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Rare film memorabilia go under the hammer at Osian’s auction

Rare film memorabilia go under the hammer at an Osian’s auction in Mumbai

Written by Suanshu Khurana | Mumbai | Updated: September 10, 2014 12:15:56 pm
Among the other artworks on auction is a poster from Marathi film Manoos. Among the other artworks on auction is a poster from Marathi film Manoos.

1949. Just before the popular Raj Kapoor and Nargis starrer love story Barsaat was to release, a studio in the bylanes of Bombay’s Shivaji Park was bustling with activity. Sambanand Monappa Pandit was busy painting a poster. The image of a heroine hanging on a hero’s arm was to become a critically-acclaimed masterpiece. Such was its appeal that Kapoor made this image the logo for RK Films, which enjoys an iconic status today. The offset lithography poster, acquired from a private collector, will go under the hammer as part of art auction house Osian’s event “The Greatest Indian Show on Earth” on Friday in Mumbai.

The collection, curated by Osian’s chairperson and founder Neville Tuli, will also feature a signed poster of Devika Rani, three posters of Baiju Bawra from Arun Puranik’s family collection, and 23 33 rpm LP gramophone records featuring Kapoor.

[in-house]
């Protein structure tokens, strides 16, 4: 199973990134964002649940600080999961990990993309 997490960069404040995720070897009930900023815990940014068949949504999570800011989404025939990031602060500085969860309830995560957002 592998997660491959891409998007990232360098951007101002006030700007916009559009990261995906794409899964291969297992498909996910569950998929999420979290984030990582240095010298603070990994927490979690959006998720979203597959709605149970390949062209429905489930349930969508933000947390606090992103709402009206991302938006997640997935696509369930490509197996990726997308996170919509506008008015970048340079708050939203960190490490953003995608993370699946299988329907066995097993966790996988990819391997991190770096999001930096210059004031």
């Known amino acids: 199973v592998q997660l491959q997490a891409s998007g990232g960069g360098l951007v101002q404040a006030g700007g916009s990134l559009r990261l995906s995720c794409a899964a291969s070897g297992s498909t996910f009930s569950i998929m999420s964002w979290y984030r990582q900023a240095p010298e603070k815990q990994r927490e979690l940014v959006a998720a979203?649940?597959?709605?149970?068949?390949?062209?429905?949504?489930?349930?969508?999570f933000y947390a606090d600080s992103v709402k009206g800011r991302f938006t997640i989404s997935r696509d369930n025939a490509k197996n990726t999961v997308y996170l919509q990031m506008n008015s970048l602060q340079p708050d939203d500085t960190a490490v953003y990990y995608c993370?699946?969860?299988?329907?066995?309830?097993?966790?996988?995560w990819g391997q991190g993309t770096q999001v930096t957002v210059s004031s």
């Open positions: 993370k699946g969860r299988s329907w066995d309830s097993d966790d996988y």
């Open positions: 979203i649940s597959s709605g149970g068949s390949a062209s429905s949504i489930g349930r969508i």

Tuli, who is riding high on the response to the last auction of film memorabilia in 2012 —  curated by him —  believes that there is increased awareness ever since. “It all began to help place India’s cinematic heritage of film memorabilia, artworks and publicity materials, at the heart of our popular culture. Transforming a love for cinema into a cinematic culture is a vast journey. We are still away from genuine maturity, but the process is on,” says Tuli. He believes that things have changed in the last decade in terms of buyers. “The current collector profile is a film fan or an enthusiast, a working professional, and within the fraternity Aamir Khan and Kiran Rao being the most well-known. When the film fraternity gets involved, the respect for cinema’s heritage grows. This is how Hollywood maintains its leadership, because they respect the work of others and are willing to pay for that piece of history,” says Tuli.

But if this piece of cinematic history is being treated as art, doesn’t it come with a baggage of being an investment?
“The investment aspect is inevitable. The maturity of the market will decide whether appreciation occurs in the short or medium terms, though all significant objects of fine and popular arts and antiquities appreciate in the long run.

That ensures that specific history is respected, documented and researched by members of the academia and intelligentsia,” says Tuli.

Other highlights from the collection include the smallest designed ticket (Pakeezah), the original hand-painted hoardings (Yahudi) and posters (Anand, Safar, Mother India) to rare photographic stills (Baarish and Sazaa) and hand-signed artworks (Dilip Kumar signed artwork from Gunga Jumna).

The event will also be studded with advertising posters and calendars created for beedis, soaps and incense sticks, some featuring Hema Malini and Nargis.

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